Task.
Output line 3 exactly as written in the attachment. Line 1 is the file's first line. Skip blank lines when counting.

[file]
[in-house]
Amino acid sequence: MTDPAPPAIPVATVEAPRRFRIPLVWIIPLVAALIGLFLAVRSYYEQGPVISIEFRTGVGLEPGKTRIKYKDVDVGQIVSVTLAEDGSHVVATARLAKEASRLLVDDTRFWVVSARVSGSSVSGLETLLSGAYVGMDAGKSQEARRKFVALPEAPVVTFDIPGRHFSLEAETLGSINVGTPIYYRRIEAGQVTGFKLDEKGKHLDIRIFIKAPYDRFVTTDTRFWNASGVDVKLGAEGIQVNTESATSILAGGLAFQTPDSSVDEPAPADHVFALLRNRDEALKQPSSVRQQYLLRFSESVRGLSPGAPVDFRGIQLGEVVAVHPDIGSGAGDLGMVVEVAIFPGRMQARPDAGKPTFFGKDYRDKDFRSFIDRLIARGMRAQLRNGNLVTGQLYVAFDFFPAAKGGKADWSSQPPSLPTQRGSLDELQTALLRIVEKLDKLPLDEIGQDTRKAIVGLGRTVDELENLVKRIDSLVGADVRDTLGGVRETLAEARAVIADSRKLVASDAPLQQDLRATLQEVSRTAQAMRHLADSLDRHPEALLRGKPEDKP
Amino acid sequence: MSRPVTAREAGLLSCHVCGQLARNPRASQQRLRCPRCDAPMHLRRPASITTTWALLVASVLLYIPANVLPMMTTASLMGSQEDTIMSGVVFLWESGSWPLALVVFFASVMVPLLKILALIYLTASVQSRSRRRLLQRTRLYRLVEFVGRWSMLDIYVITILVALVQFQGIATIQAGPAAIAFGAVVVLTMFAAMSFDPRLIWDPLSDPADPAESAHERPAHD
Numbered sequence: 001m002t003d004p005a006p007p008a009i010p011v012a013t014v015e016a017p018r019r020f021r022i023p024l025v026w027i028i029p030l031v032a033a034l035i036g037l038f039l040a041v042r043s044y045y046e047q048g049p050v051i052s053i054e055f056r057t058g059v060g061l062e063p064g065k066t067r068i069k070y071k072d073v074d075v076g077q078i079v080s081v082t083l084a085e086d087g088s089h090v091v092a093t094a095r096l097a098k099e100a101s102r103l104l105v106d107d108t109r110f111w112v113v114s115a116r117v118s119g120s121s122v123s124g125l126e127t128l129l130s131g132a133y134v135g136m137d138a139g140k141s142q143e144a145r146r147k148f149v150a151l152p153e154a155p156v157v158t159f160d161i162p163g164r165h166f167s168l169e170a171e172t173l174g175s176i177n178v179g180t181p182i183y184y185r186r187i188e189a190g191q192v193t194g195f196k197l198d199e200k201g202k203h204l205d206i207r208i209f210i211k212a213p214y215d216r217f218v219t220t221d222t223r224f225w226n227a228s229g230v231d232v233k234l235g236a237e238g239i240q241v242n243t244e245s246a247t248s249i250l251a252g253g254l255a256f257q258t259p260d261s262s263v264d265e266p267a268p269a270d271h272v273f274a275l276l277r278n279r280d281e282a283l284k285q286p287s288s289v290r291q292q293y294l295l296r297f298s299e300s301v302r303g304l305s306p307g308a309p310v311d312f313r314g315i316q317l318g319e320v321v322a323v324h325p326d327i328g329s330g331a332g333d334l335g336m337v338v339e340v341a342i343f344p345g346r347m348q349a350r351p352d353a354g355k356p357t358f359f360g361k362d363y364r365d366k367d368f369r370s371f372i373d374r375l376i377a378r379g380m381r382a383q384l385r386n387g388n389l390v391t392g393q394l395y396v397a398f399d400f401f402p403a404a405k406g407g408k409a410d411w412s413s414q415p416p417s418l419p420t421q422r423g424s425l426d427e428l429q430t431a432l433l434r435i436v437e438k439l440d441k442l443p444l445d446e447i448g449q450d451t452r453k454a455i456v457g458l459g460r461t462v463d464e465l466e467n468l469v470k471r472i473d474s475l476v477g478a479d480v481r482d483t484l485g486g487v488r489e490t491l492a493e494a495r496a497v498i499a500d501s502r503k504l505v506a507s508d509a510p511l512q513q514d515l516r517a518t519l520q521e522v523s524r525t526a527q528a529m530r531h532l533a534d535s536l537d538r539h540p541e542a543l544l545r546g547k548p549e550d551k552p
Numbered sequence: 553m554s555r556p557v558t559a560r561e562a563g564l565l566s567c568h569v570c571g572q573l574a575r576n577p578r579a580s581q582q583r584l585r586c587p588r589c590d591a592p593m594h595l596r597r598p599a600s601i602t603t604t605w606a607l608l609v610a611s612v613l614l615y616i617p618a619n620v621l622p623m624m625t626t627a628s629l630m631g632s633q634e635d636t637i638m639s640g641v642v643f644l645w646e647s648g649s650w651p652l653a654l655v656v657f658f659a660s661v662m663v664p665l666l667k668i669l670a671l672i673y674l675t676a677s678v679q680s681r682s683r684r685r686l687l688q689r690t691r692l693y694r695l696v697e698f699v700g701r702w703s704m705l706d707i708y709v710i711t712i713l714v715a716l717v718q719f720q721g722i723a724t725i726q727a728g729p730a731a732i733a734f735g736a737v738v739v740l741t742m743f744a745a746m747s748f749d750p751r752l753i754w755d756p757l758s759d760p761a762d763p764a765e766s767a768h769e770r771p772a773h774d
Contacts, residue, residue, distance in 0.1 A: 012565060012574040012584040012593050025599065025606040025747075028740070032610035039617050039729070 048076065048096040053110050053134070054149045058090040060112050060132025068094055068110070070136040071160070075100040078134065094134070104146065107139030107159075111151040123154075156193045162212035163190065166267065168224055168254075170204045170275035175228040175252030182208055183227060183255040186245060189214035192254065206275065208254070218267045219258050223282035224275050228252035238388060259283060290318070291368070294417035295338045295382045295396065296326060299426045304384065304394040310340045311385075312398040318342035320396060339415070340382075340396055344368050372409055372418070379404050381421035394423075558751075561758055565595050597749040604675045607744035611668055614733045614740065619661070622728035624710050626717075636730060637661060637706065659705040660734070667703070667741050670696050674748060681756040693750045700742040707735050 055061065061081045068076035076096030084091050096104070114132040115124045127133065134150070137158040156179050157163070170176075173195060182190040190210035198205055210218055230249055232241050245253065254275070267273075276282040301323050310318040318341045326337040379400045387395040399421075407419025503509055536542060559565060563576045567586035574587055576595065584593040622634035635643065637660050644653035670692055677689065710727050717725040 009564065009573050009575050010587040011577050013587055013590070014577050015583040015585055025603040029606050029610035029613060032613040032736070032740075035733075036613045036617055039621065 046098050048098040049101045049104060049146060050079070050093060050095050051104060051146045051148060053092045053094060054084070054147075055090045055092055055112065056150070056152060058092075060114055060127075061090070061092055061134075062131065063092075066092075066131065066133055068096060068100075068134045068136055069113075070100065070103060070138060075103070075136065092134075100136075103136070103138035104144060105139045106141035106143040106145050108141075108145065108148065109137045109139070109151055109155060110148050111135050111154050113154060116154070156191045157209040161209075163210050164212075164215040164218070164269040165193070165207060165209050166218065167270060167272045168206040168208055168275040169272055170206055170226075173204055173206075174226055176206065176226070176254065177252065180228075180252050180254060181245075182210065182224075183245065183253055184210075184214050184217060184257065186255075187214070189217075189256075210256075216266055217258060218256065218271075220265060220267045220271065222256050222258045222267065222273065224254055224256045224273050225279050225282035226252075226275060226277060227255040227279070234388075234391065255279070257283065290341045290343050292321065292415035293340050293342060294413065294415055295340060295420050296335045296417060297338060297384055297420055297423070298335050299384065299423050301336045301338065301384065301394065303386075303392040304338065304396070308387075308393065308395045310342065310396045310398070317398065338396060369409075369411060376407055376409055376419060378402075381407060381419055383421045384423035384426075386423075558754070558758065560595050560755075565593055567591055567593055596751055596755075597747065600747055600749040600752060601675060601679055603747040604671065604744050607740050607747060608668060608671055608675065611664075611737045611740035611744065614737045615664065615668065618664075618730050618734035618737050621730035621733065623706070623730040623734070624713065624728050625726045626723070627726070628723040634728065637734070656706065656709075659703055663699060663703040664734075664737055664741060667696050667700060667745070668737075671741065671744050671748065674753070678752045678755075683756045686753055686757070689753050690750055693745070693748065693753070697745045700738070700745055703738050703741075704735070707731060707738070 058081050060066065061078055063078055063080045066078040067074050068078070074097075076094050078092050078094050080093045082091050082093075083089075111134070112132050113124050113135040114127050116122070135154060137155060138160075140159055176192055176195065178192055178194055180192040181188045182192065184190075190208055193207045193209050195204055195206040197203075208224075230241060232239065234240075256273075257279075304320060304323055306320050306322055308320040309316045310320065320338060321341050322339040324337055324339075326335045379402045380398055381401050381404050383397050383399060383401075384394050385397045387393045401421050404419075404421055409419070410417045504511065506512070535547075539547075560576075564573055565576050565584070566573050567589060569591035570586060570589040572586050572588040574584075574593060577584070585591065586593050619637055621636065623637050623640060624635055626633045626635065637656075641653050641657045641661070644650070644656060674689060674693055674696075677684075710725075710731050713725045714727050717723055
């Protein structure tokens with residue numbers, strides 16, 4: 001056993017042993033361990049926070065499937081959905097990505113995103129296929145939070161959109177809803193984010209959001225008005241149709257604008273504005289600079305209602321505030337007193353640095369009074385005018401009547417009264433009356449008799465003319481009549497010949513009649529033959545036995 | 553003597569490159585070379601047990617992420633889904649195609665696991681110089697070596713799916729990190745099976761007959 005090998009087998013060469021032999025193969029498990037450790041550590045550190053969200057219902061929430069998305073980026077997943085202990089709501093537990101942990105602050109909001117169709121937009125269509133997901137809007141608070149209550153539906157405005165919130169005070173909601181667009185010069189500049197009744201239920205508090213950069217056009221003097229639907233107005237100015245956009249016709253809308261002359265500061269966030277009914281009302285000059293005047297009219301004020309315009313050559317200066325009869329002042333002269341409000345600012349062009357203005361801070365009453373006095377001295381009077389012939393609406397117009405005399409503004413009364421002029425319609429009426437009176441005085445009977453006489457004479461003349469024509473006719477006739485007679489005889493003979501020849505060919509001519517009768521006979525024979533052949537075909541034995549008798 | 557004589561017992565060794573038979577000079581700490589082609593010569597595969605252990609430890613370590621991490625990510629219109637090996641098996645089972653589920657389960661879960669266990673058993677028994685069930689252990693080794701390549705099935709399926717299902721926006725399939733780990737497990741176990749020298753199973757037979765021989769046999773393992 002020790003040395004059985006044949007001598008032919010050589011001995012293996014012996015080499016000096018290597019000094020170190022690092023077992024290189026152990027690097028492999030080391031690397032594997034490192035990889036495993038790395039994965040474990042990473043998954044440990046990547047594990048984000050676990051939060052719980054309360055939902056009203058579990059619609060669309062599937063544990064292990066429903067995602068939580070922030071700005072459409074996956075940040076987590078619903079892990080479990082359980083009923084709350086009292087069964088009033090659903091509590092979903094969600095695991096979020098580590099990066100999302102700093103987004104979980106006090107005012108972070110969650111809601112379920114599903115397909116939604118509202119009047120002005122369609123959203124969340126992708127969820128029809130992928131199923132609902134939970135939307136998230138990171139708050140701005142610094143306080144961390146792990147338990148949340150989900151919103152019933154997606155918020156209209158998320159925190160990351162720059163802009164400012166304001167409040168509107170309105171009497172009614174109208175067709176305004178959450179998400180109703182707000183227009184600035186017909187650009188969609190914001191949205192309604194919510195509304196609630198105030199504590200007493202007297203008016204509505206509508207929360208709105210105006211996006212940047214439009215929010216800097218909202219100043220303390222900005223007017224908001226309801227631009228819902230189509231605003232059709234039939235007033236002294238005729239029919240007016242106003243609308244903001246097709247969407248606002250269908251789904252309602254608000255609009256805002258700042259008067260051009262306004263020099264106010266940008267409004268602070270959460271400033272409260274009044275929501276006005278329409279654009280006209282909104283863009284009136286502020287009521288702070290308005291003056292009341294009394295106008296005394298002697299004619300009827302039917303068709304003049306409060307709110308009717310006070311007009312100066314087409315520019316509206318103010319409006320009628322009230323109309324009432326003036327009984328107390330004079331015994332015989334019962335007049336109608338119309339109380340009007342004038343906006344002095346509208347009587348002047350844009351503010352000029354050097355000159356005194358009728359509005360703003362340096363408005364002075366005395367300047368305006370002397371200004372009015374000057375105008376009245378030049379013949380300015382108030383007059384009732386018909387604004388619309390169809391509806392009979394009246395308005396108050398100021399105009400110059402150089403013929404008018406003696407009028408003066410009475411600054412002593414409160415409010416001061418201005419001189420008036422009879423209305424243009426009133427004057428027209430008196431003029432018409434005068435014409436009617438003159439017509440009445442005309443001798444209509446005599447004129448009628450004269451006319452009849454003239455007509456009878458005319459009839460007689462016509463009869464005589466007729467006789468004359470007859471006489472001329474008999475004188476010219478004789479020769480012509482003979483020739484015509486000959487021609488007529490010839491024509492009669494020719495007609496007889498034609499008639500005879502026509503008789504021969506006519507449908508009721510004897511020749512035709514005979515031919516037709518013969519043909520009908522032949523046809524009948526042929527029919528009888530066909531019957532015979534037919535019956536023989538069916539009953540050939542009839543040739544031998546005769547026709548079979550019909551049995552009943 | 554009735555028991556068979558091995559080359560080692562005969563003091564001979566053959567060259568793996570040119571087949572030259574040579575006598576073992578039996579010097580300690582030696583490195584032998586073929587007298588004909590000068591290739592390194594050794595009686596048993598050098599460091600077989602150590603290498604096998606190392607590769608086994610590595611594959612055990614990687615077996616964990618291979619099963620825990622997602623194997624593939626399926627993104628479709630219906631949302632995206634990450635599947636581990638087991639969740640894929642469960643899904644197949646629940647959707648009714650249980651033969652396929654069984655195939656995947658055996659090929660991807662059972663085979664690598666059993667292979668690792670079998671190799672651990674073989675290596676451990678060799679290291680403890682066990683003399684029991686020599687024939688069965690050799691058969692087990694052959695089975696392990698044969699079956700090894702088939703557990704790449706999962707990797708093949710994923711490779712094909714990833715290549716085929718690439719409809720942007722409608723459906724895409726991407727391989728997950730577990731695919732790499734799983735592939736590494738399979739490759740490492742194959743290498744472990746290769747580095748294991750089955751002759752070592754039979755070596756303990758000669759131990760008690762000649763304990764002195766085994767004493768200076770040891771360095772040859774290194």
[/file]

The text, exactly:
Amino acid sequence: MSRPVTAREAGLLSCHVCGQLARNPRASQQRLRCPRCDAPMHLRRPASITTTWALLVASVLLYIPANVLPMMTTASLMGSQEDTIMSGVVFLWESGSWPLALVVFFASVMVPLLKILALIYLTASVQSRSRRRLLQRTRLYRLVEFVGRWSMLDIYVITILVALVQFQGIATIQAGPAAIAFGAVVVLTMFAAMSFDPRLIWDPLSDPADPAESAHERPAHD